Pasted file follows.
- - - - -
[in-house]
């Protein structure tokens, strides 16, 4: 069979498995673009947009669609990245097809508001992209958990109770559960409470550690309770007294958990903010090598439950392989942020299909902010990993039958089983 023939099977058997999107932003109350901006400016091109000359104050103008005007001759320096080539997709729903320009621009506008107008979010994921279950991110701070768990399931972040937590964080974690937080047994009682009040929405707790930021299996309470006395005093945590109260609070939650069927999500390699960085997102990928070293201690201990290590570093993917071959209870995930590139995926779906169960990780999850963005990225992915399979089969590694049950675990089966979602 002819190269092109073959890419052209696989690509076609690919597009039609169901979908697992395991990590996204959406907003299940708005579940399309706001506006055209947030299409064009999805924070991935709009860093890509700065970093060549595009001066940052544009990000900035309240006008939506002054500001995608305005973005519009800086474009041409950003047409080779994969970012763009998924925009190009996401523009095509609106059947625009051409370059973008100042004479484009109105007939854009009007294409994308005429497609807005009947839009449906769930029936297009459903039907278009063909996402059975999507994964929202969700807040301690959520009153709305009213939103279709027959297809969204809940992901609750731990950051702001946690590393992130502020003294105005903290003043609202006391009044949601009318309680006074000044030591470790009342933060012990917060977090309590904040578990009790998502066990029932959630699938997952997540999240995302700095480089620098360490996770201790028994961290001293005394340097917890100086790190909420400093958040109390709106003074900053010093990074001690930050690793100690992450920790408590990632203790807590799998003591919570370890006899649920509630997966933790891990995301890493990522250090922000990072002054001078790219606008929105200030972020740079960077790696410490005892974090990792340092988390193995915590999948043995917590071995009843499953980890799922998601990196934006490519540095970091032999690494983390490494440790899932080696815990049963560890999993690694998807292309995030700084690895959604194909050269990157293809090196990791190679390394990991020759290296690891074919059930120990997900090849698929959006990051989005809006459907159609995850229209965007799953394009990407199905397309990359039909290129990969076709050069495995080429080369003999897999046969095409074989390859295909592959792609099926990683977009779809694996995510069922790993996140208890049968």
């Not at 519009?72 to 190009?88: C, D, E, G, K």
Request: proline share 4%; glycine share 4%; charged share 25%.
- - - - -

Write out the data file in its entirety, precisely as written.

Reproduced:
[in-house]
């Protein structure tokens, strides 16, 4: 069979498995673009947009669609990245097809508001992209958990109770559960409470550690309770007294958990903010090598439950392989942020299909902010990993039958089983 023939099977058997999107932003109350901006400016091109000359104050103008005007001759320096080539997709729903320009621009506008107008979010994921279950991110701070768990399931972040937590964080974690937080047994009682009040929405707790930021299996309470006395005093945590109260609070939650069927999500390699960085997102990928070293201690201990290590570093993917071959209870995930590139995926779906169960990780999850963005990225992915399979089969590694049950675990089966979602 002819190269092109073959890419052209696989690509076609690919597009039609169901979908697992395991990590996204959406907003299940708005579940399309706001506006055209947030299409064009999805924070991935709009860093890509700065970093060549595009001066940052544009990000900035309240006008939506002054500001995608305005973005519009800086474009041409950003047409080779994969970012763009998924925009190009996401523009095509609106059947625009051409370059973008100042004479484009109105007939854009009007294409994308005429497609807005009947839009449906769930029936297009459903039907278009063909996402059975999507994964929202969700807040301690959520009153709305009213939103279709027959297809969204809940992901609750731990950051702001946690590393992130502020003294105005903290003043609202006391009044949601009318309680006074000044030591470790009342933060012990917060977090309590904040578990009790998502066990029932959630699938997952997540999240995302700095480089620098360490996770201790028994961290001293005394340097917890100086790190909420400093958040109390709106003074900053010093990074001690930050690793100690992450920790408590990632203790807590799998003591919570370890006899649920509630997966933790891990995301890493990522250090922000990072002054001078790219606008929105200030972020740079960077790696410490005892974090990792340092988390193995915590999948043995917590071995009843499953980890799922998601990196934006490519540095970091032999690494983390490494440790899932080696815990049963560890999993690694998807292309995030700084690895959604194909050269990157293809090196990791190679390394990991020759290296690891074919059930120990997900090849698929959006990051989005809006459907159609995850229209965007799953394009990407199905397309990359039909290129990969076709050069495995080429080369003999897999046969095409074989390859295909592959792609099926990683977009779809694996995510069922790993996140208890049968």
């Not at 519009?72 to 190009?88: C, D, E, G, K």
Request: proline share 4%; glycine share 4%; charged share 25%.